I’ll never forget the moment I first fell in love with the cinema of Quentin Tarantino. Having grown up Catholic pre-Gibson’s “Passion,” I was not at all accustomed to graphic onscreen violence—that is, until I befriended a fellow movie buff, Steve Sandberg, in high school. Our exuberant chats in the cafeteria inspired him to lend me what was his favorite film at the time, Tony Scott’s hyper-stylized 1993 thriller, “True Romance.” It featured so many brutal killings that they left me feeling like the guy who cries next to an exhilarated Christian Slater after they ride the roller coaster. What stuck with me though was the hypnotic dialogue exchanged between Dennis Hopper and Christopher Walken during a quietly epic confrontation set to Léo Delibes’ “Flower Duet.”
It remains one of the greatest scenes ever written by Tarantino, yet I didn’t become a true fan until Steve dragged me to the theater in the fall of 2003 to see “Kill Bill: Vol. 1.” I was simultaneously fascinated and appalled by its gory spectacle, but my disgust evaporated as soon as Lucy Liu sliced off a guy’s head, and cartoonish blood began spraying out of his neck like a sprinkler system. Suddenly, I found myself laughing, and that’s when I had the epiphany that movie violence could be so many things—absurd, artful, cathartic and operatic. For the rest of the picture, I was grinning from ear to ear, and my enjoyment only deepened upon seeing “Kill Bill: Vol. 2” the following spring. I loved the film so much that I convinced my whole family to see it with me. I also couldn’t help using a school project as an excuse to film my own homage, getting friends to enact a scene from “Romeo & Juliet” Tarantino-style. The resulting parody, “Kill Bill (Shakespeare),” celebrates its 15th anniversary this year.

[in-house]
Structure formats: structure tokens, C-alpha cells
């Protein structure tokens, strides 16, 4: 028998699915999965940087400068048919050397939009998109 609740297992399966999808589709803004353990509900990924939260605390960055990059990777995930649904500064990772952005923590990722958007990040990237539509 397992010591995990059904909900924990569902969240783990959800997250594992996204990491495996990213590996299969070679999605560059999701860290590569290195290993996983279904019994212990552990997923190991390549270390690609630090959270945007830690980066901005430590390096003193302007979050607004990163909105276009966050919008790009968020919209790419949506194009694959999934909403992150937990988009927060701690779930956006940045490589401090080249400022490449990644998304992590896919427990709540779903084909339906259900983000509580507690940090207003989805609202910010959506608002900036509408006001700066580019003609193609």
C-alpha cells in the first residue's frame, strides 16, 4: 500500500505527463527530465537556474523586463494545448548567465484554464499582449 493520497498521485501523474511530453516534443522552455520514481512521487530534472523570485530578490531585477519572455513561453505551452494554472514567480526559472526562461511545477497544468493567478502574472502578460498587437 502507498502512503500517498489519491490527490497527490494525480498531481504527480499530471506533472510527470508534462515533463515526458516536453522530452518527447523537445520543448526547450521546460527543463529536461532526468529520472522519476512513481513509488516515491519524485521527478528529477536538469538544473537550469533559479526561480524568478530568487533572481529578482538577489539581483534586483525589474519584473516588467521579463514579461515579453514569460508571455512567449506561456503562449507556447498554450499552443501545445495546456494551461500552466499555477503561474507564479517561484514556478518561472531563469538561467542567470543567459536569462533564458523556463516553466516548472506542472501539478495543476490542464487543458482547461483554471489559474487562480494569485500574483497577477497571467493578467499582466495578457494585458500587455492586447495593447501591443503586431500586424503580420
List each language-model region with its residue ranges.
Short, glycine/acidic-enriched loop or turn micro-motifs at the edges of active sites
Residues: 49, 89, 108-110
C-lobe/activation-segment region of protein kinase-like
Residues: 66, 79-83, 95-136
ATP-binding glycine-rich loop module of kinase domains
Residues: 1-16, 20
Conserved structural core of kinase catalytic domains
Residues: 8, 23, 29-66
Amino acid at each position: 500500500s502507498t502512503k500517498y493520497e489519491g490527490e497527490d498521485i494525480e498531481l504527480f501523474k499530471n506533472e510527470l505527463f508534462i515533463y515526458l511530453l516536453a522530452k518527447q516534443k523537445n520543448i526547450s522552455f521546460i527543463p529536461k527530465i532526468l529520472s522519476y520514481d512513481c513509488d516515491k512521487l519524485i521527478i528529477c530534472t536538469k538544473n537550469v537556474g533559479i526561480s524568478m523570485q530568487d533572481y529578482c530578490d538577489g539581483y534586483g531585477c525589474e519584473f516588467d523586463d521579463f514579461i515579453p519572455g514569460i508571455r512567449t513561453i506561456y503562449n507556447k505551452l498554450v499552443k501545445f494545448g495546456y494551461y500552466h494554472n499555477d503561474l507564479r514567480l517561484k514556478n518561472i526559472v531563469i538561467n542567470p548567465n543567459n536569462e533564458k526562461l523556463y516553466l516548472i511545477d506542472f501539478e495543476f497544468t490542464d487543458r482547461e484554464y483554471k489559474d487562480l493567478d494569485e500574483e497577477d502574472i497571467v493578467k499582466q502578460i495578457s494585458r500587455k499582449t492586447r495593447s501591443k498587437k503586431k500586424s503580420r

It has also been 15 years since I have fallen deeply for a Tarantino film. Though I loved all of his directorial efforts helmed prior to “Kill Bill,” I was not as impressed with what followed. Then in 2017, the director’s most crucial industry champion, producer Harvey Weinstein, was taken down by a career-spanning enormity of sexual assault allegations, prompting Tarantino to publicly voice his regrets regarding their partnership, telling The New York Times, “I knew enough to do more than I did.” It’s impossible not to be reminded of this every time Weinstein’s name materializes in the credits.